Topic: Government & Politics
Mass murders in Germany, China, Russia, Cambodia, Rawanda, Bosnia keep happening, and the world keeps saying, “Never again.” But in Sudan, ethnic Arab militias are burning villages of non-Arab farmers and herders in Darfur, causing more than 30,000 deaths so far with no end in sight. The Sudanese government says that it has no control over the militias, while others say that it is encouraging genocide against black Africans by Sudanese Arabs. Colin Powell, on behalf of the US, has called for immediate action to halt the slaughter, but as days pass and the blood continues pour, nothing is happening beyond words.
The UN’s craven preference for kick-backs over enforcing its own resolutions on Iraq should raised questions about its resolve and purpose; if it repeats its handling of the Rawanda massacre here, it is time for even die-hard Woodrow Wilson fans to pronounce the institution dead and worthless. If a world organization like the United Nations should be good for anything, it should be good for protecting innocent populations before they are systematically liquidated. This is an appropriate use of international power. It is an appropriate, indeed a mandatory response to support of universal human rights and values.
As always, it appears that the United States the much detested, unilateral acting, arrogant, cowboy mannered United States must lead the way if any international rescue is going to occur.
This mission has no controversial agendas attached to it, unlike Iraq. Critics have stubbornly ignored the steady stream of Saddam’s political executions testified to by multiple mass graves and halted by the US invasion, because the US had additional reasons (its own security, violated cease-fire conditions, flawed evidence of WMDs, or, if you are Michael Moore, a desire to create government contracts for Bush and Cheney cronies) for its intervention.
There are no self-serving reasons to intervene in Sudan, and there doesn’t need to be. And if, as is likely, the UN refuses to act for its usual combination of politics, greed, confusion and red tape, the United States should once again assemble a “coalition of the willing.” Not to do so will confirm the suspicion of many that saving lives was only an afterthought to the Iraq war, and the darker suspicion, sparked by our nation’s apathy toward the murders of Pol Pot and fanned to full flame by our failure to act in Rawanda, that only white victims are deemed worthy of military rescue missions.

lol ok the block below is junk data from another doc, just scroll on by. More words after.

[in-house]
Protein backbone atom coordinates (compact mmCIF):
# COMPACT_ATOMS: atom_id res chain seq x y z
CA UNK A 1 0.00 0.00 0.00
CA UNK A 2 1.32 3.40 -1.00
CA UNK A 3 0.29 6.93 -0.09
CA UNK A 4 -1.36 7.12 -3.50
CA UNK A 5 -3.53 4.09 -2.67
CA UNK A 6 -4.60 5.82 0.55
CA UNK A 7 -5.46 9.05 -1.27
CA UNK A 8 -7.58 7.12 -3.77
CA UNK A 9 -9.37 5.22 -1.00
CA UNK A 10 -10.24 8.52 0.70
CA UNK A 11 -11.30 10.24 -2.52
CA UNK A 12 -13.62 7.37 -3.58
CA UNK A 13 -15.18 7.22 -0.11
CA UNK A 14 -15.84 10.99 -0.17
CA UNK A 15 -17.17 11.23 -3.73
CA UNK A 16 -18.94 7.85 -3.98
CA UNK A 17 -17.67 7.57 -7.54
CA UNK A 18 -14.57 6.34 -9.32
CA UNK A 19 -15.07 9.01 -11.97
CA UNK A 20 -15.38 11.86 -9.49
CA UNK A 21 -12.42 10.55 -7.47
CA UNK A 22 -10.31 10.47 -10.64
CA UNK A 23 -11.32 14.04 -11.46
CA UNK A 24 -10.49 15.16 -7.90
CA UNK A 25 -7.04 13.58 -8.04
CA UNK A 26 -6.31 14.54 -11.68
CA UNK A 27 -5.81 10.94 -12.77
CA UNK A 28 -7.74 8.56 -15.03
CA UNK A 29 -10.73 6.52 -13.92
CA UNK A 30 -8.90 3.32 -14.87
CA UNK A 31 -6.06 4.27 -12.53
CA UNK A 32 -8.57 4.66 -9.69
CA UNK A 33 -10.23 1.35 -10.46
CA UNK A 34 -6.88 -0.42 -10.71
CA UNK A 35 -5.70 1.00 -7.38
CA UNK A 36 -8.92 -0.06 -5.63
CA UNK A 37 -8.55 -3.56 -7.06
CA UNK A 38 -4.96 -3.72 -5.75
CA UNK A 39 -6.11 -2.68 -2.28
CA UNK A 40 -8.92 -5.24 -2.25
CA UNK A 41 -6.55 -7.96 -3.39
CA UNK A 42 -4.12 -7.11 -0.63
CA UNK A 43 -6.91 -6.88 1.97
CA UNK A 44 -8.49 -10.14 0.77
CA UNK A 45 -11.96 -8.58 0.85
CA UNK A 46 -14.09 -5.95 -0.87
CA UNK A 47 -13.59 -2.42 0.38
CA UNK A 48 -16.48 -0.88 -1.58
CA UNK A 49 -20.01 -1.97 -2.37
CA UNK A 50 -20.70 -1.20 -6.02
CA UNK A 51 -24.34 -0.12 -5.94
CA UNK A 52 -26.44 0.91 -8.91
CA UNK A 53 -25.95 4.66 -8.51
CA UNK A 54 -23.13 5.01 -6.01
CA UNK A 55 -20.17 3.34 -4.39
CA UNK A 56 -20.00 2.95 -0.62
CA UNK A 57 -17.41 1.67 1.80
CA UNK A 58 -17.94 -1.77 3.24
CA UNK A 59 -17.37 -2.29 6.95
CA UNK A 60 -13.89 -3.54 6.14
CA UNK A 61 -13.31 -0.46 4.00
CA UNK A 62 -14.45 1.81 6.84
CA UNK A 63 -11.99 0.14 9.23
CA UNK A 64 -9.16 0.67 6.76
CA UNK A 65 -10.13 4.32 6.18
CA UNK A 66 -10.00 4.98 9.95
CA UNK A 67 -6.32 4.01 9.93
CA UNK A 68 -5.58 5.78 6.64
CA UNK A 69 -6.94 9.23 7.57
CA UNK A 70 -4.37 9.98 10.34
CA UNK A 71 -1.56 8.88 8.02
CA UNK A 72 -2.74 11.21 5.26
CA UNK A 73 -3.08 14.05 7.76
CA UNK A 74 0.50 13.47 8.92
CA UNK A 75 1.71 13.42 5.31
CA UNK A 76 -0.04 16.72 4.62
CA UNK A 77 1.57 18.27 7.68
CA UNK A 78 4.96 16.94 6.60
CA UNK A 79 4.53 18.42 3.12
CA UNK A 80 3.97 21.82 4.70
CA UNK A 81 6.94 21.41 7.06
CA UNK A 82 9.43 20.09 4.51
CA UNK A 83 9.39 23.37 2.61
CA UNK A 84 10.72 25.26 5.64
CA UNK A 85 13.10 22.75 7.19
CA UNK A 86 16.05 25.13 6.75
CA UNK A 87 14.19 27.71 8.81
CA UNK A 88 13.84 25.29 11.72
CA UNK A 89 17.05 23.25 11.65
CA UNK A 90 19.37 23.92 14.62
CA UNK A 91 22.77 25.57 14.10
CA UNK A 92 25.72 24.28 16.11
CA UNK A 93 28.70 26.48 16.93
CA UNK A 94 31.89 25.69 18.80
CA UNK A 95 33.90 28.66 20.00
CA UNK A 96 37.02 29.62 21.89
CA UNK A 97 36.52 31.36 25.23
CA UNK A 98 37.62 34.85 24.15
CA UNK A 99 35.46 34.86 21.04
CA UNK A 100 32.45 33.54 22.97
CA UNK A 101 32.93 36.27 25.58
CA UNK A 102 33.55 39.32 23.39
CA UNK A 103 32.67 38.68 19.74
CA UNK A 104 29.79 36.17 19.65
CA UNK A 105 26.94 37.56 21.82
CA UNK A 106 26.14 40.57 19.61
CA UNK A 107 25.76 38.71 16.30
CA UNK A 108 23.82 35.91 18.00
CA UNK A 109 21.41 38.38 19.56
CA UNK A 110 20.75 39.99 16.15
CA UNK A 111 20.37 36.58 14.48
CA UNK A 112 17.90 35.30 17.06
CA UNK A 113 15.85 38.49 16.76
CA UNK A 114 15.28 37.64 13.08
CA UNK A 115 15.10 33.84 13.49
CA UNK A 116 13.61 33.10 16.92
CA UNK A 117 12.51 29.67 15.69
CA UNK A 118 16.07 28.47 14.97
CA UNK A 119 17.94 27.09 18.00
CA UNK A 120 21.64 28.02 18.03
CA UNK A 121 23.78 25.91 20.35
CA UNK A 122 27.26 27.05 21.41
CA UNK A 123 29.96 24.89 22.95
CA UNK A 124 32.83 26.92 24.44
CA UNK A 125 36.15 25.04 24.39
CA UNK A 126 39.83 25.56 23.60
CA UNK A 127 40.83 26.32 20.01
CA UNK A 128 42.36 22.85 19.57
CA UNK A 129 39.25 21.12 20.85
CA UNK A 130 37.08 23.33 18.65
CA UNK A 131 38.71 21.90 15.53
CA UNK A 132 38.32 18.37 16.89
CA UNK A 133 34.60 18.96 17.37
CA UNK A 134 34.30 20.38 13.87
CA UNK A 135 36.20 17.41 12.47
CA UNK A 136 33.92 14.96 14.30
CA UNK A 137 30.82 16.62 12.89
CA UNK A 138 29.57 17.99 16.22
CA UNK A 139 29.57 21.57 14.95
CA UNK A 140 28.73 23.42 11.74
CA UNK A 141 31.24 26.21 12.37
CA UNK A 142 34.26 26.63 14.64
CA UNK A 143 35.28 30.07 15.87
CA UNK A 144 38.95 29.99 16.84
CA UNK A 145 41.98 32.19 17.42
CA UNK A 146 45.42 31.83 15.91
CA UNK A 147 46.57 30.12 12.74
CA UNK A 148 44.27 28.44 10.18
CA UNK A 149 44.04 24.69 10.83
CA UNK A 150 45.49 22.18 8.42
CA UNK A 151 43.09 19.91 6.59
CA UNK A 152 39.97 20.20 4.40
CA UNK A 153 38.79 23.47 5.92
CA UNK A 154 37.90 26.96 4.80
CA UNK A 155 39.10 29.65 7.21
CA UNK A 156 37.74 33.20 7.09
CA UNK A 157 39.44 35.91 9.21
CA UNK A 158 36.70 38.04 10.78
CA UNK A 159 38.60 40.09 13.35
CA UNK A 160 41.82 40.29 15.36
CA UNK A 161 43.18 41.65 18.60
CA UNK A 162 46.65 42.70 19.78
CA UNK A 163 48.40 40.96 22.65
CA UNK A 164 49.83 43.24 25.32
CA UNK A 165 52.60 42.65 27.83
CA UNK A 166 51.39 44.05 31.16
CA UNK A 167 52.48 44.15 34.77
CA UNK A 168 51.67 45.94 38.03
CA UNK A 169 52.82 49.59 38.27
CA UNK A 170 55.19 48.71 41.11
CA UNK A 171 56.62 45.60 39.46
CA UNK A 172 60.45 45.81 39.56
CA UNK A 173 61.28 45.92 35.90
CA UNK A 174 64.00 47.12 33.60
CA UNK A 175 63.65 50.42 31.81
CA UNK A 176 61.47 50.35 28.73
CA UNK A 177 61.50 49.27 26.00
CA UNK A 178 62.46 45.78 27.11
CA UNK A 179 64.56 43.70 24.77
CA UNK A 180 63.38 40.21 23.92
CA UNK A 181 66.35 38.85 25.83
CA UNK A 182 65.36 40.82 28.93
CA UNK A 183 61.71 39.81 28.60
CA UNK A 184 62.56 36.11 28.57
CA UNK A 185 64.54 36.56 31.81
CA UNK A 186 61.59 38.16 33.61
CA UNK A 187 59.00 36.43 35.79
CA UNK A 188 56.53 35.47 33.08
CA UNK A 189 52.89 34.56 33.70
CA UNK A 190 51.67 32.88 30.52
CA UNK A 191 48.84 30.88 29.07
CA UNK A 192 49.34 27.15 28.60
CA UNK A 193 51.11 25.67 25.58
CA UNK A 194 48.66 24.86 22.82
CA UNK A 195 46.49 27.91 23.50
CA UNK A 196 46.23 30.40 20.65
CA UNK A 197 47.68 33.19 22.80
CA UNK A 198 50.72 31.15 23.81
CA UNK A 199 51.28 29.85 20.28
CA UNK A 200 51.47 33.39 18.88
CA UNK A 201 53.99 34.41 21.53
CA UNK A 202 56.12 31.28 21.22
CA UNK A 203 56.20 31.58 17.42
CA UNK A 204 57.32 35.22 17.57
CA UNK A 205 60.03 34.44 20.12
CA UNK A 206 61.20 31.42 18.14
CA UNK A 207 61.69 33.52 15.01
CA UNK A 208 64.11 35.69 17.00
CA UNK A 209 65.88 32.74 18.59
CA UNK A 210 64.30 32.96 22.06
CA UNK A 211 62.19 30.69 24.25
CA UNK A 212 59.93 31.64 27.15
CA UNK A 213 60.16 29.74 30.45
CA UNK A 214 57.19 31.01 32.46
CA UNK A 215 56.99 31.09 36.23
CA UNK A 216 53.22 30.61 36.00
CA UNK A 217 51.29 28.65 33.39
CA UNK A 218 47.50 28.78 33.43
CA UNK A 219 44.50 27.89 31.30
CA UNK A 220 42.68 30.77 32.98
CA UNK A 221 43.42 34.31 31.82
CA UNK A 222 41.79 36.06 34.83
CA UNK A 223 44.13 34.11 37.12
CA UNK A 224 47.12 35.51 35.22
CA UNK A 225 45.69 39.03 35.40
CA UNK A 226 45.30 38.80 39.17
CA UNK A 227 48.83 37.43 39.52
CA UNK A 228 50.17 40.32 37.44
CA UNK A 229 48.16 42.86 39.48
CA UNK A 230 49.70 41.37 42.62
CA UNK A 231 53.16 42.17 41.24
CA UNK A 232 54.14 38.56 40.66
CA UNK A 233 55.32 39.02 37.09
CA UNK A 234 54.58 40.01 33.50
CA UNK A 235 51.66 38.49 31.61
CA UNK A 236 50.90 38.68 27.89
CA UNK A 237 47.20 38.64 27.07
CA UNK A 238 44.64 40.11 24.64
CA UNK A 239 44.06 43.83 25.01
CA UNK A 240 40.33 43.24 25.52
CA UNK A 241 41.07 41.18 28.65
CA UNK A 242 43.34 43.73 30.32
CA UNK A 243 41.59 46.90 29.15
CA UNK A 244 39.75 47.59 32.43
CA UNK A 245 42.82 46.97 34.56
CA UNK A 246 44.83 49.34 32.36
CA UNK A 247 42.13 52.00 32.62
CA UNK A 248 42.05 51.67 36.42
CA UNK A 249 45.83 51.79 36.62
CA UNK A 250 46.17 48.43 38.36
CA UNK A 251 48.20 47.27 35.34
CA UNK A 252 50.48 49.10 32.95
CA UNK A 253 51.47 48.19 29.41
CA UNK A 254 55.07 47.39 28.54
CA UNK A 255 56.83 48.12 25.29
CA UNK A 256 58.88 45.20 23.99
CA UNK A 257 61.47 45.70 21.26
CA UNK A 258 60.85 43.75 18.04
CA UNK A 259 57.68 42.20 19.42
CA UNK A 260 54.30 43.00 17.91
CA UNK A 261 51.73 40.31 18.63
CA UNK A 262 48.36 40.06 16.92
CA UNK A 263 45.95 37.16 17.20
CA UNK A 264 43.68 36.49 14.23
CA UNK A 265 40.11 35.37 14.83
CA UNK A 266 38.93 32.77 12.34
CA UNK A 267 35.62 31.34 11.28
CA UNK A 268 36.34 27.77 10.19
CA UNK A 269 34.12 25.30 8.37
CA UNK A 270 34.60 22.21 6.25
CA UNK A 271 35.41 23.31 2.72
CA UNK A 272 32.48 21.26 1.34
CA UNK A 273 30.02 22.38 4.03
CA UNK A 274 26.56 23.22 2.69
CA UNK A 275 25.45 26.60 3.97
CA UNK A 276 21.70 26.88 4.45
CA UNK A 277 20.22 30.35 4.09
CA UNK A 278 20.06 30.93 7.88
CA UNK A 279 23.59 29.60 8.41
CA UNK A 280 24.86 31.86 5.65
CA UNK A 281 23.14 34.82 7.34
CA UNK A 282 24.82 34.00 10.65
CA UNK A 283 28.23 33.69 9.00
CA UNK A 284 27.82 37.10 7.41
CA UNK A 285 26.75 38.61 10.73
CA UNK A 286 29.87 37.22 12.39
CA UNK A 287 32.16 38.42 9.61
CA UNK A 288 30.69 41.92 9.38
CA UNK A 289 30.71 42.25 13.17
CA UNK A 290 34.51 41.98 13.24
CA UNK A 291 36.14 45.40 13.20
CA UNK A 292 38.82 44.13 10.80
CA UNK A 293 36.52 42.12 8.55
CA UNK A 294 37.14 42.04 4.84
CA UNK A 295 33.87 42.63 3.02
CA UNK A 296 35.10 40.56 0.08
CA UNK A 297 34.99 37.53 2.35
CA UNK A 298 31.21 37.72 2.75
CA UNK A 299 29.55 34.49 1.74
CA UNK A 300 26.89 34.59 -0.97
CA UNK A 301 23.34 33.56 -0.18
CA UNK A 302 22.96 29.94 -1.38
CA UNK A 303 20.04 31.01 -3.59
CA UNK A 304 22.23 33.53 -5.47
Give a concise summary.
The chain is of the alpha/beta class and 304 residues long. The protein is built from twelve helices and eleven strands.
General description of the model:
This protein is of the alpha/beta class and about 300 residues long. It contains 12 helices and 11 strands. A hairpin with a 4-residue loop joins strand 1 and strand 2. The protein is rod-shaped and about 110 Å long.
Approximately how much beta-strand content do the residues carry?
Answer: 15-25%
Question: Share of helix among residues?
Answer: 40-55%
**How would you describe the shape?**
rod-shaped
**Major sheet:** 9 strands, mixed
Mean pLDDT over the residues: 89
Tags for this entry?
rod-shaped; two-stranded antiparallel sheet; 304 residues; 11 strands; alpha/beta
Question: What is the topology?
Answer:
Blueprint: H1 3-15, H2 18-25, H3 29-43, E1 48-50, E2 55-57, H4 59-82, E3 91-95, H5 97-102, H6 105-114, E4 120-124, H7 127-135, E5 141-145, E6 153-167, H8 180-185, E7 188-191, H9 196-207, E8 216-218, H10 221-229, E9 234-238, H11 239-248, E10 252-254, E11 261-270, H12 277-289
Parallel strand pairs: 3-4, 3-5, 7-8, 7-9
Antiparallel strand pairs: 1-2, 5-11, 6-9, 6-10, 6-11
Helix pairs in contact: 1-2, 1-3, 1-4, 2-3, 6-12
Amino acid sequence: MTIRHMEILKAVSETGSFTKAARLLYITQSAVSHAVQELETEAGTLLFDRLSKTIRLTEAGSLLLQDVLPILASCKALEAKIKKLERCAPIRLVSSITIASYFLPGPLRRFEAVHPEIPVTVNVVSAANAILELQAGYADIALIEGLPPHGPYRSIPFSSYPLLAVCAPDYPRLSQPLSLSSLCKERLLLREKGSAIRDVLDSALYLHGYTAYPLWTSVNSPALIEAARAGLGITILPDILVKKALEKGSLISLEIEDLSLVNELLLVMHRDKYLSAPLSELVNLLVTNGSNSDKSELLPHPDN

Sure, there will be critics who ask why we should send soldiers to Sudan, when there is violence elsewhere. But there is no violence as urgent as this, or on such a horrendous scale. And maybe an aspiring Moore acolyte will make a documentary showing Arab militias flying kites before the cruel death-dealing Americans sweep in. Never mind.
When a fellow human being is in peril, and you alone have the power to save him, the only ethical course is to do so. Too many times has the United States huddled inertly with the rest of the world, like the infamous neighbors of Kitty Genovese, as the helpless are murdered.
We should ask, persuade, and demand that the United Nations acts forcefully to stop the death in Sudan. And if it does not, do it ourselves. It is not only the right thing to do, but also the only thing to do, if this country stands for the values it aspires to.